Use Incognito Mode

Airlines have been known to charge more for specific flights and accommodation when users are searching for them. They use cookies to detect your activity and determine when you’re preparing to book a specific vacation, only to increase the prices during those dates. By using incognito mood when you compare flights and accommodation, they won’t have that information on you.

By the same token, you can use a VPN to search for cheaper flights. The prices are often lower for individuals from low-income countries. This sounds like a myth, but it’s something we have tested ourselves, with savings of up to 10% when comparing shoppers from India and the United States, even though no other details about the flight changes.

You can often save just as much if you switch your destination country to the same one that your chosen airline is based in.

Budget Very Carefully

Every traveler has been guilty of spending more because “I’m on vacation”. It’s an excuse we all tell ourselves when we pay over-the-odds for food, accommodation and mementos, even though there are cheaper options available and those mementos will be gathering dust in a cupboard before the month is out.

It’s not an attitude you would adopt at home, so it shouldn’t be one that you have on vacation, either. Before you depart for your trip, plan a careful and considerate budget based on a detailed itinerary. 

Don’t be one of those parents who insists on seeing everything, doing everything, and refusing to take a break, but make sure you know your options, understand how much they cost, and are confident you can afford them.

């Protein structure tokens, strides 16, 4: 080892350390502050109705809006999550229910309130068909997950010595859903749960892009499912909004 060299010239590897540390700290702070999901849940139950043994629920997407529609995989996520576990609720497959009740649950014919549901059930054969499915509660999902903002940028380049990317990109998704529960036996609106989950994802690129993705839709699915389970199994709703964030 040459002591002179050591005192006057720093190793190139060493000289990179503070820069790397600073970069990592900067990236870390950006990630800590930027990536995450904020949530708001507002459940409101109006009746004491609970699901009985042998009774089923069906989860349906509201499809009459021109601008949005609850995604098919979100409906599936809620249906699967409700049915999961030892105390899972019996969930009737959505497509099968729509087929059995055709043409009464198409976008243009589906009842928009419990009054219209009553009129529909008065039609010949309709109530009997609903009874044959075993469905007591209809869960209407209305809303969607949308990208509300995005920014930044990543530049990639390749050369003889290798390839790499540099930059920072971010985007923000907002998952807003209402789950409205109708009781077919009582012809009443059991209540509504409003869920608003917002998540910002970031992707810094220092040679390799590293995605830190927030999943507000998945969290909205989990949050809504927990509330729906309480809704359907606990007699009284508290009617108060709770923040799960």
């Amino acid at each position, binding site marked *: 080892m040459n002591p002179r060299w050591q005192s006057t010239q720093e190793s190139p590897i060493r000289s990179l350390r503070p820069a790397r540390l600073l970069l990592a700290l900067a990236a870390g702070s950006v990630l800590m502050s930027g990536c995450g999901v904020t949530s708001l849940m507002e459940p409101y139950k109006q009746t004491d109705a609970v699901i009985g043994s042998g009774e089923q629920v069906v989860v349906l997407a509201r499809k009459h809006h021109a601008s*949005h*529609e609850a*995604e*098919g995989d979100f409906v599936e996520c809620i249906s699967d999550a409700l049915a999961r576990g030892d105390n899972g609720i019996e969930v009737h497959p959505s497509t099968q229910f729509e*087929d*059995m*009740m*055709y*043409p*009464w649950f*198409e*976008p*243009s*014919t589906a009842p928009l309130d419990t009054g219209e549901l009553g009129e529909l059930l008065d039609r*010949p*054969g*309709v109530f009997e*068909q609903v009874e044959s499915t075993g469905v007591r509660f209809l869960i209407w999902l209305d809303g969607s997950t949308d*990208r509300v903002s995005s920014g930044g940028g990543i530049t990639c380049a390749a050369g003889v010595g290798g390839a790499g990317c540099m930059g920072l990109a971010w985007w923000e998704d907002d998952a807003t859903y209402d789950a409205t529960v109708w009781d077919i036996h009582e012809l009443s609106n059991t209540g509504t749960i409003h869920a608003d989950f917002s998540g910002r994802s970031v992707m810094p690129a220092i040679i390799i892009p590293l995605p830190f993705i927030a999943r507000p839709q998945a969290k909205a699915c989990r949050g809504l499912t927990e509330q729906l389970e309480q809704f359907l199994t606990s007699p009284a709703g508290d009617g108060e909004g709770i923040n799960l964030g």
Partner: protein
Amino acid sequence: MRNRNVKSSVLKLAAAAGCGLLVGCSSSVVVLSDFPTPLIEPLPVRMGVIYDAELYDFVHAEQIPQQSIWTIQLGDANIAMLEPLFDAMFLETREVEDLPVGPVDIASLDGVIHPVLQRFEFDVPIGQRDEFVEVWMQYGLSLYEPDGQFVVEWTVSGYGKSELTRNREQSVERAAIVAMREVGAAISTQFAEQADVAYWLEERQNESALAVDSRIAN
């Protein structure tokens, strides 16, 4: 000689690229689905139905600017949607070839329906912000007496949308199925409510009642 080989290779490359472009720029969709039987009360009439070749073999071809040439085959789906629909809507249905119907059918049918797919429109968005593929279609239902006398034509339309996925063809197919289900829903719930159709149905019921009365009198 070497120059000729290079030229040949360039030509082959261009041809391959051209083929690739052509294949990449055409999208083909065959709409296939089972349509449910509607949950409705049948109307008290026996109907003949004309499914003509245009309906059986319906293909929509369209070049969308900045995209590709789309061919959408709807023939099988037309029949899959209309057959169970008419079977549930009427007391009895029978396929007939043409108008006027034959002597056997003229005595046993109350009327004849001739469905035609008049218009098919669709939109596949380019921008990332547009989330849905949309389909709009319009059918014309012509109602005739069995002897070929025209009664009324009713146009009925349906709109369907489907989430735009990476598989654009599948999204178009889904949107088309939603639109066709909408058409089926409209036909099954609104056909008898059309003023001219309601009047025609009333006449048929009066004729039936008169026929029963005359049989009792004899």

And, most importantly, stay away from tacky, overpriced gifts. Whether you’re buying them for yourself or for someone you know, these items never get used and are always a waste of money.

Pay Cash

Struggling to budget? It’s time to forget about the cards and start using cash instead. It’s easy to spend using a credit card and that’s why so many Americans get into so much debt. But when you have to hand over physical cash, it’s difficult and you’re more inclined to tighten your belt and make more sensible purchases.

If you’re worried about taking a lot of cash with you, simply set a daily budget and withdraw that money every day or every other day. Whatever you do, don’t start spending money you don’t have on credit cards you can’t afford.  

Most Importantly…Relax

If you ask the average family why they take vacations, they’ll tell you that they just want to relax, spend some time away from the daily grind and do something different. Yet, they are often more active on their vacation than they are at home, racing from attraction to attraction in a desperate attempt to see everything before their time is up.

This is a chaotic and expensive way to holiday. Instead, take your time, enjoy yourself, and don’t pressure your family into doing everything just because you may never return to that destination. There’s so much of the world to see—if you try to experience it all in short, two-week bursts, you’ll just end up broke, exhausted, and frustrated every year.